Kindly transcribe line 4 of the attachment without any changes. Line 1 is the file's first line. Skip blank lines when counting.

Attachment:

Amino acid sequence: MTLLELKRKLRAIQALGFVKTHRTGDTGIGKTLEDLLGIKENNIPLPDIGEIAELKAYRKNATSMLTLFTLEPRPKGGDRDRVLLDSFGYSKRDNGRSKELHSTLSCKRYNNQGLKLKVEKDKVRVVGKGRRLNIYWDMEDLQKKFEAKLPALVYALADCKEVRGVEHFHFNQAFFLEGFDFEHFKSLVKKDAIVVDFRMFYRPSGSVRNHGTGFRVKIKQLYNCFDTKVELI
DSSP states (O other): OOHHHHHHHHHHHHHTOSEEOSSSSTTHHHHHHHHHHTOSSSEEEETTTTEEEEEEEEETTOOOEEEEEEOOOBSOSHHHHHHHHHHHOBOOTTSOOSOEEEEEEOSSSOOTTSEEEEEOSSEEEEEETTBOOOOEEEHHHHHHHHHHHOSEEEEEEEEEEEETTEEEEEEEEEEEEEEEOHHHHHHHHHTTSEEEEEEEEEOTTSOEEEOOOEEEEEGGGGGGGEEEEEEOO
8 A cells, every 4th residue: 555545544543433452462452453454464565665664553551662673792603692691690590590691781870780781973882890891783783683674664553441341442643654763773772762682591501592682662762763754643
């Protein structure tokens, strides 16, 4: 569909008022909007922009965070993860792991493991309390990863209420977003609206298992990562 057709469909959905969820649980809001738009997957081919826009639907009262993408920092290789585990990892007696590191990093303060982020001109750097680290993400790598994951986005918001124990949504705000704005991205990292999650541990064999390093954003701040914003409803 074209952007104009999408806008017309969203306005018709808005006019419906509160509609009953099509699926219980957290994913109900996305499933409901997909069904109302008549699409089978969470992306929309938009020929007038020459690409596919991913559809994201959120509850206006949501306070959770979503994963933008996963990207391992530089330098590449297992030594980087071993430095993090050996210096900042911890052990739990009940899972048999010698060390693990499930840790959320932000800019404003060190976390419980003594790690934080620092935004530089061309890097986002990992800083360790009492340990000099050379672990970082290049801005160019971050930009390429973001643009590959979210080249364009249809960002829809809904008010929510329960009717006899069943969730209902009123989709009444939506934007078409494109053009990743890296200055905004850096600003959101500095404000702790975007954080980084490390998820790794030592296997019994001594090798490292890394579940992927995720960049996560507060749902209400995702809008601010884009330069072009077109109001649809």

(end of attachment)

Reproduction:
């Protein structure tokens, strides 16, 4: 569909008022909007922009965070993860792991493991309390990863209420977003609206298992990562 057709469909959905969820649980809001738009997957081919826009639907009262993408920092290789585990990892007696590191990093303060982020001109750097680290993400790598994951986005918001124990949504705000704005991205990292999650541990064999390093954003701040914003409803 074209952007104009999408806008017309969203306005018709808005006019419906509160509609009953099509699926219980957290994913109900996305499933409901997909069904109302008549699409089978969470992306929309938009020929007038020459690409596919991913559809994201959120509850206006949501306070959770979503994963933008996963990207391992530089330098590449297992030594980087071993430095993090050996210096900042911890052990739990009940899972048999010698060390693990499930840790959320932000800019404003060190976390419980003594790690934080620092935004530089061309890097986002990992800083360790009492340990000099050379672990970082290049801005160019971050930009390429973001643009590959979210080249364009249809960002829809809904008010929510329960009717006899069943969730209902009123989709009444939506934007078409494109053009990743890296200055905004850096600003959101500095404000702790975007954080980084490390998820790794030592296997019994001594090798490292890394579940992927995720960049996560507060749902209400995702809008601010884009330069072009077109109001649809």